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Trump on Trade ... Stupidity and Childish Continue


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#481 LFC

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Posted 27 August 2019 - 03:44 PM

 Traveler, on 27 August 2019 - 03:18 PM, said:

Fact is, we can hurt China more than they can hurt us if it goes all out. Too bad the infant in chief cannot manage the negotiations and moves sensibly.

I suspect this is changing China's strategy on their relationship with us bigly. If a single U.S. president can waltz in and exert this much force at whim, and one of two political parties supplying future presidents is becoming increasingly unstable making it quite possible for a repeat, then our current relationship is a huge risk to them. Yes we are a profit center too but the risk/reward calculus has now skewed wildly towards risk thanks to Trump. They may be deciding to take some hits today for safety from U.S. pressure tomorrow. You can see how China's movement into South America, Africa, and the Belt & Road initiative are going to become more key to their financial security than us. Who knows if they'll be able to pull it all off (we've discussed the Belt & Road problems before) but Trump's instability may have left them little choice.
" 'Individual conscience' means that women only get contraceptives if their employers, their physicians, their pharmacists, their husbands and/or fathers, pastors, and possibly their mayors, Governors, State Secretaries of Health, Congressmen, Senators, and President all agree that in that particular case they're justifiable." --D.C. Sessions

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""The GOP ... where every accusation is also a confession." --Progressive Whisperer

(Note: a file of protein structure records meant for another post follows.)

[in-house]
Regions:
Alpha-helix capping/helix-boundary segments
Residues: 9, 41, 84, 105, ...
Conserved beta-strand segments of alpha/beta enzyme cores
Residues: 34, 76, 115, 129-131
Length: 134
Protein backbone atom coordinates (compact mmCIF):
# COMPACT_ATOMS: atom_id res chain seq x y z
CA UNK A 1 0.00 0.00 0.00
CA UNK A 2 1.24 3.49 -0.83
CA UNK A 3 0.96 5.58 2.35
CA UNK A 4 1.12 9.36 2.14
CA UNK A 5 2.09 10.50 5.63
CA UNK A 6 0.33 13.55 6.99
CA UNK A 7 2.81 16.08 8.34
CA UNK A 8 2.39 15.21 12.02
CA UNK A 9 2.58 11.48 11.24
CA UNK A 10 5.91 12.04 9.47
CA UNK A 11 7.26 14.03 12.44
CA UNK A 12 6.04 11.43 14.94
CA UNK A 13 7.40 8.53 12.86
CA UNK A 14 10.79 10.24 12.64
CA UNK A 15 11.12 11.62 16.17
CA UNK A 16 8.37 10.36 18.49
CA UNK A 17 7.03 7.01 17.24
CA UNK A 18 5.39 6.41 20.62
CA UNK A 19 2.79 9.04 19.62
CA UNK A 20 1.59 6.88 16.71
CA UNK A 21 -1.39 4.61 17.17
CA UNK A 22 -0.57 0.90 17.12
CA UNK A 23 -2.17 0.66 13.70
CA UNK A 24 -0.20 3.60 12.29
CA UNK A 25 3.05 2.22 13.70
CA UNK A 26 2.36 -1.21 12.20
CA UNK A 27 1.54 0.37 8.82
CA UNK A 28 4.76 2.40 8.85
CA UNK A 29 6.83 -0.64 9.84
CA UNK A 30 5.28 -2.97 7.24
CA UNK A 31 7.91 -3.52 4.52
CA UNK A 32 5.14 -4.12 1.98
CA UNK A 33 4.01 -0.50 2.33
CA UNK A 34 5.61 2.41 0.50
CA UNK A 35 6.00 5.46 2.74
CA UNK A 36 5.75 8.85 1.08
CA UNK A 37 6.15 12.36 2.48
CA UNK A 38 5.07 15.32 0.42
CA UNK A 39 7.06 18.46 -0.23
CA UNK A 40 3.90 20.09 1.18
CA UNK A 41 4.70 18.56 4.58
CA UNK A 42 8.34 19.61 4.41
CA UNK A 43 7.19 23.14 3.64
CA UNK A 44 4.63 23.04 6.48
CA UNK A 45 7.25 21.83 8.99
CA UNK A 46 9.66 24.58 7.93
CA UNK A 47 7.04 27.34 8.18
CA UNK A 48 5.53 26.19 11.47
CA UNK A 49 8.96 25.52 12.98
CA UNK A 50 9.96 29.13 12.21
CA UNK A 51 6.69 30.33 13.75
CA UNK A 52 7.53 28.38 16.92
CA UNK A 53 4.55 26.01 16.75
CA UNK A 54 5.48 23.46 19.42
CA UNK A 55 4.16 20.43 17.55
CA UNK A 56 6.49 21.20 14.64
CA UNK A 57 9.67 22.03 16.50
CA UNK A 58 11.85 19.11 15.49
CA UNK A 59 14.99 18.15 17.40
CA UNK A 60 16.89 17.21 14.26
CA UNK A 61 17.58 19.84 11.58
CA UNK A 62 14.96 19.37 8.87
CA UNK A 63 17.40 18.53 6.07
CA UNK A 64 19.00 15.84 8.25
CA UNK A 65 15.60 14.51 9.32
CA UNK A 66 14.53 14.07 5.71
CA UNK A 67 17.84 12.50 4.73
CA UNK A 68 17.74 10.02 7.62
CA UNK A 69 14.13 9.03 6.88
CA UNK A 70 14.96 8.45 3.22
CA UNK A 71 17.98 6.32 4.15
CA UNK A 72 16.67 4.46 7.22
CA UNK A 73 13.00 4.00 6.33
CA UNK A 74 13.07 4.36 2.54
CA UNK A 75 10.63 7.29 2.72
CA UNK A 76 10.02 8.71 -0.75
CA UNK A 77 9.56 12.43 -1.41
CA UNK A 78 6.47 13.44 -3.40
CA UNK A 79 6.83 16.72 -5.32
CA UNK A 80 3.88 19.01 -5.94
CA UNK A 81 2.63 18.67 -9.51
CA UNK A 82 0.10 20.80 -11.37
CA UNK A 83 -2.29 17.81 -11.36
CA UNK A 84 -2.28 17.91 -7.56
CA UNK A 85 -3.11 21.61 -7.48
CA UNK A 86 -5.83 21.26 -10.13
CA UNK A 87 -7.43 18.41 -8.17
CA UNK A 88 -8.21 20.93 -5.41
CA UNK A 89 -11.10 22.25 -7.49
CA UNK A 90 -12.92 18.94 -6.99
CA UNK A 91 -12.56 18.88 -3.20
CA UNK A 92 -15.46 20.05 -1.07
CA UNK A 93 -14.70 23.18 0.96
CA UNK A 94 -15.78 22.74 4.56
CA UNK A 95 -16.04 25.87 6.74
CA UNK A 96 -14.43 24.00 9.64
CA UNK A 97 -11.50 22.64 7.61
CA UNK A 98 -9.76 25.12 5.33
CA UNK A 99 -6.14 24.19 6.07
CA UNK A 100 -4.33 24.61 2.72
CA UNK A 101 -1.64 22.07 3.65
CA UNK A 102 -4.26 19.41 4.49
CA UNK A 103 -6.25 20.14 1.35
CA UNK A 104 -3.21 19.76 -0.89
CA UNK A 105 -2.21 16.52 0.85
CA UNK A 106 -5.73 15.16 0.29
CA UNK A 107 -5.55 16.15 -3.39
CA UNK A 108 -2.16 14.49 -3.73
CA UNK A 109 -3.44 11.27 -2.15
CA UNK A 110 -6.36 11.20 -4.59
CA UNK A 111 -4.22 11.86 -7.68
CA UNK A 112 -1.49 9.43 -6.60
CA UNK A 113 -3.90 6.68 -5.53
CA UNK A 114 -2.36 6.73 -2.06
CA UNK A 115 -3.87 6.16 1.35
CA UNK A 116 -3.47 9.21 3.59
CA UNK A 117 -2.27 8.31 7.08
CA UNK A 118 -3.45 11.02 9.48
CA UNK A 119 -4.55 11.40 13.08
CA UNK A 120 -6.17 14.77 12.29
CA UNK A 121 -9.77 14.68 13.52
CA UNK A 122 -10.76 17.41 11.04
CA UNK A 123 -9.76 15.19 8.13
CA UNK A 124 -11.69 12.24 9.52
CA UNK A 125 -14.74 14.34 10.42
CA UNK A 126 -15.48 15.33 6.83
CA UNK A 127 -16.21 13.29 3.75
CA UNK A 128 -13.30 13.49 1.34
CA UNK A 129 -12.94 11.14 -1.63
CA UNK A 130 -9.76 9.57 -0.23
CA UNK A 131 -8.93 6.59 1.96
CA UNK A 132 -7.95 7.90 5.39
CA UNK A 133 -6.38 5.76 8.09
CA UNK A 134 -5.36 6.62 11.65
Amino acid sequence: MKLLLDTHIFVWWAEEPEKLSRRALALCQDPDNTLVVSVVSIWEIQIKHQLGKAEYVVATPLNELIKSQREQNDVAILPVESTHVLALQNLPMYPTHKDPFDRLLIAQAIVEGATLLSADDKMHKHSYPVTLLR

#482 J-CA

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Posted 27 August 2019 - 04:16 PM

 Traveler, on 27 August 2019 - 03:18 PM, said:

[China has] all the infrastructure they need for maximum productivity.
I don't think this is remotely true, and it seems like a claim that would be very hard to produce convincing evidence for.
Seems like it is pretty trivial to cite the case of Beijing traffic jams to demonstrate that there are still beneficial infrastructure projects to execute in the country.
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#483 Traveler

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Posted 27 August 2019 - 06:48 PM

I said infrastructure WASNT needed. As usual, I extrapolate from a limited dataset. I am talking about the ability to get around. China's roads and HSR are no joke. Massive people movers. And very reliable and smooth. Their have 5 lanes to our 2. So jams are acceptable for the most part. Airports very modern. Compared to the US its a joke. We are limping along with half century old bridges. The better examples.
Did I imply that more infrastructure would be useful?
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#484 J-CA

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Posted 27 August 2019 - 09:12 PM

 Traveler, on 27 August 2019 - 06:48 PM, said:

I said infrastructure WASNT needed. As usual, I extrapolate from a limited dataset. I am talking about the ability to get around. China's roads and HSR are no joke. Massive people movers. And very reliable and smooth. Their have 5 lanes to our 2. So jams are acceptable for the most part. Airports very modern. Compared to the US its a joke. We are limping along with half century old bridges. The better examples.
Did I imply that more infrastructure would be useful?
I was disagreeing exactly with your assertion that China doesn't need more infrastructure to increase productivity. There is lots of infrasture China can build to increase productivity, I cited the traffic jams but an even better example is the air pollution, would you contend that air pollution in major centres in China are not harmful to productivity? And then by extension that infrastructure that would reduce air pollution wouldn't increase productivity?
China is over-invested in coal infrastructure too, the factories make money while the government-subsidized coal plants take a loss and the cities are polluted - strikes me as an area where there are efficiencies to be found.. though infrastructure!